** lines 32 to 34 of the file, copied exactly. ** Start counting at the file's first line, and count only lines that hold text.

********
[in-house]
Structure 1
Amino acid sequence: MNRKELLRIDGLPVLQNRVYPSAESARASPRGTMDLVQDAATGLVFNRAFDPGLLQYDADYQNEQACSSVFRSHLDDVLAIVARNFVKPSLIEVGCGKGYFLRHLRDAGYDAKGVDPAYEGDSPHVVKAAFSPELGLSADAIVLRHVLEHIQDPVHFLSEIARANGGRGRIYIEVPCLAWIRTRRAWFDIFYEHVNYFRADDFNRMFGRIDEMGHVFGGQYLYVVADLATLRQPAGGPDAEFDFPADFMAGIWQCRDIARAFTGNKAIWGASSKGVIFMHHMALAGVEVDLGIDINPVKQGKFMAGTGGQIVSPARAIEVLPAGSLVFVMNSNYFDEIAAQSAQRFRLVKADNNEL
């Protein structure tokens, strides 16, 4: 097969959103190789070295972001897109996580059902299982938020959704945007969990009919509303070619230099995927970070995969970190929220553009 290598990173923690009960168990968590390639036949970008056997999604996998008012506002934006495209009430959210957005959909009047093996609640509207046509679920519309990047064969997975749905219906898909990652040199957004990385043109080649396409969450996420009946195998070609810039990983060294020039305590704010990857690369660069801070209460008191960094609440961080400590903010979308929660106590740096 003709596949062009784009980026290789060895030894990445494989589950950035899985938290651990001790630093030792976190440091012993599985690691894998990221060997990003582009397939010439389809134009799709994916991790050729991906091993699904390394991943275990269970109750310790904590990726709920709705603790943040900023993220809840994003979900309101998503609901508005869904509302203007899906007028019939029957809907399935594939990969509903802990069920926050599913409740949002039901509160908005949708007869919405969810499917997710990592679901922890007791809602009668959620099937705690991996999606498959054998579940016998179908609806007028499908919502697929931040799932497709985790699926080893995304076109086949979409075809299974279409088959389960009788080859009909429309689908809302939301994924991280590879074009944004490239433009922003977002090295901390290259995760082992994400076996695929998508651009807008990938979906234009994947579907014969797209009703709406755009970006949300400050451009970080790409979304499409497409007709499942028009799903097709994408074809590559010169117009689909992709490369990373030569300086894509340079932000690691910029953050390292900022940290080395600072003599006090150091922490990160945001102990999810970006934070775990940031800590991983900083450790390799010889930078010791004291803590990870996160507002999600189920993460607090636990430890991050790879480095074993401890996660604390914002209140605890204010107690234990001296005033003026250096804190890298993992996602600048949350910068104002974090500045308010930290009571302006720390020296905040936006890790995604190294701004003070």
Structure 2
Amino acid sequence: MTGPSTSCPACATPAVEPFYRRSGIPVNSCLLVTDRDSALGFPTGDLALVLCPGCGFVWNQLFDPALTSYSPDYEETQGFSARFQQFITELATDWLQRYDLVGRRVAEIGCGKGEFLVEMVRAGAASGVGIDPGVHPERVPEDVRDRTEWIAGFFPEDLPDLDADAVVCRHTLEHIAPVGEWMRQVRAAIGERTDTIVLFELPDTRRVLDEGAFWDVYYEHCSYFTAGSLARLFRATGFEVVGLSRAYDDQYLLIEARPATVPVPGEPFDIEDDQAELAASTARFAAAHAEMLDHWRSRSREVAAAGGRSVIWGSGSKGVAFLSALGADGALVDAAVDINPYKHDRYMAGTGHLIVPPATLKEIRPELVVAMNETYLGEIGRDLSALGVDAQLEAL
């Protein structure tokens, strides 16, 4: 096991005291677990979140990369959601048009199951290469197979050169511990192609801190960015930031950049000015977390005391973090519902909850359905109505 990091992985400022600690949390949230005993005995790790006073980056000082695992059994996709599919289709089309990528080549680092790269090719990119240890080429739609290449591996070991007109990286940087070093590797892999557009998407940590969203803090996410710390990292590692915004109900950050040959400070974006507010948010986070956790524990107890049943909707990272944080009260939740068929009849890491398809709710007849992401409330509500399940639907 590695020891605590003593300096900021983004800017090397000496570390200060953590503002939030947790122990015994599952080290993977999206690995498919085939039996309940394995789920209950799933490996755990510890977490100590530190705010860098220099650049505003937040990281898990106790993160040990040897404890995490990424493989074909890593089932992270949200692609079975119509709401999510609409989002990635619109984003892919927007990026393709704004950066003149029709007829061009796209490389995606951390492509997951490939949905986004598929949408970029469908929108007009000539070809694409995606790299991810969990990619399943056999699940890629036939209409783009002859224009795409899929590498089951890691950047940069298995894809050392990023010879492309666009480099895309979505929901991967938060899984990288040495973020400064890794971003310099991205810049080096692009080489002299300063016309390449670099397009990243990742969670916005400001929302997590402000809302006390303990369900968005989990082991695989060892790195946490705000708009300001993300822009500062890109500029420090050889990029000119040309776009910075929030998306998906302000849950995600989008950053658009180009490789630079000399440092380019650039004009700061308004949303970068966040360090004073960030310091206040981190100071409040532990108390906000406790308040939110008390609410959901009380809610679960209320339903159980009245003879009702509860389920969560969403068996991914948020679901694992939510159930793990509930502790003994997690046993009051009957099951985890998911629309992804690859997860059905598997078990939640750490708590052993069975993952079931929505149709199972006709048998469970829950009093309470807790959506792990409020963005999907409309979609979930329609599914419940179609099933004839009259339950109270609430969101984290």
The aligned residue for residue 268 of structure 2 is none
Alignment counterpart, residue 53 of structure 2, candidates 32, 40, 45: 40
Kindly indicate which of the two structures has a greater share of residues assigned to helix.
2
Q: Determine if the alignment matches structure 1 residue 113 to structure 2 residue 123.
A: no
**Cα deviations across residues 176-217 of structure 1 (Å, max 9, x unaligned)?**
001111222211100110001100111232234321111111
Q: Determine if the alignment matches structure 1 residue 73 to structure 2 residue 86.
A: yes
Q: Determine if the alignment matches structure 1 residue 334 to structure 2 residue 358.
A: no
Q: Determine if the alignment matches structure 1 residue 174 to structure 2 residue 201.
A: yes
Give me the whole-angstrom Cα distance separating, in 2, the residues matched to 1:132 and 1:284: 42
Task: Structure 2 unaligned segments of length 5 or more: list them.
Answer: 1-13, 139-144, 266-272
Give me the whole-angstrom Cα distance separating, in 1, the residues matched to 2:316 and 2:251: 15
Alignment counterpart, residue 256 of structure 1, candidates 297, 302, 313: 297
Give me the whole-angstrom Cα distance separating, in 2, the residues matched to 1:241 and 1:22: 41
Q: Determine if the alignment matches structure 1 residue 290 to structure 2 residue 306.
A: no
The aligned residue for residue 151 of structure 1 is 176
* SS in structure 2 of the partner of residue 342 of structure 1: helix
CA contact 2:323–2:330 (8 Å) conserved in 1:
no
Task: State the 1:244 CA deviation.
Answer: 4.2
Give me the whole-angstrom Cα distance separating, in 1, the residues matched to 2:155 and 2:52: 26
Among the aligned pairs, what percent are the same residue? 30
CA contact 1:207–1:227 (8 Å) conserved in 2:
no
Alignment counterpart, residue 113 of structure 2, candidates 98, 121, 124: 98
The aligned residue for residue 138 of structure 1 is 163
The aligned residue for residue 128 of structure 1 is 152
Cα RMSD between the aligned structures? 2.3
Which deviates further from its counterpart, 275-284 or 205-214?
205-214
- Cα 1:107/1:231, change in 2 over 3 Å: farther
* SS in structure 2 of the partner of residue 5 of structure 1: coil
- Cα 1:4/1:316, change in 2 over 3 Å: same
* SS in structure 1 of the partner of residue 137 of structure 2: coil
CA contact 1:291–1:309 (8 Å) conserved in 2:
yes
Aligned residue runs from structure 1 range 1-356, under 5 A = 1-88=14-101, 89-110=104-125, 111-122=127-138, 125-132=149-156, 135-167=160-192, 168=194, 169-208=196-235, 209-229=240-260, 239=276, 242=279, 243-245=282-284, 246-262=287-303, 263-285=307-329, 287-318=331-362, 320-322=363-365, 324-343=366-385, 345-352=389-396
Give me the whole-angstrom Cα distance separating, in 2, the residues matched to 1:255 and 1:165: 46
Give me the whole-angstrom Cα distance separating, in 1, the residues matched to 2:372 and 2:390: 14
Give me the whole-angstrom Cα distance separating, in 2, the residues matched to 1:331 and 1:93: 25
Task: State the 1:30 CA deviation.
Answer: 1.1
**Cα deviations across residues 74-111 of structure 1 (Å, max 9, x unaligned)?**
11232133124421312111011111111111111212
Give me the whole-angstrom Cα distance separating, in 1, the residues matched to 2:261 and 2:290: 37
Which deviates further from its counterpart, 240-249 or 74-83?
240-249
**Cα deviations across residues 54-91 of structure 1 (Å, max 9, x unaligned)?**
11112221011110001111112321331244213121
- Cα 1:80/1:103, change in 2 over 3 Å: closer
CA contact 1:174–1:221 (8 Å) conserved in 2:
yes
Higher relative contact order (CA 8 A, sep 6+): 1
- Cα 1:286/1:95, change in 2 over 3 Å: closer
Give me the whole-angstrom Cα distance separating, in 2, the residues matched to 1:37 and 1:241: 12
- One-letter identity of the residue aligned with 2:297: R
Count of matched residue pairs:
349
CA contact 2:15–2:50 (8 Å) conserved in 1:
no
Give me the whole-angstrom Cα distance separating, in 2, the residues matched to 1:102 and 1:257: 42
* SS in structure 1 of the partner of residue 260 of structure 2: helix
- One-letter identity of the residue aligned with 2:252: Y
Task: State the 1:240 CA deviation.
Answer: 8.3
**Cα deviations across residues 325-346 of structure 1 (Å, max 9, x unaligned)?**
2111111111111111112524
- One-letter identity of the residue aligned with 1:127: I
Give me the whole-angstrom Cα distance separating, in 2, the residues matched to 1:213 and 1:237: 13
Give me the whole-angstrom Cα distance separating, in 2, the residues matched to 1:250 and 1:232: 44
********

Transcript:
CA contact 2:323–2:330 (8 Å) conserved in 1:
no
Task: State the 1:244 CA deviation.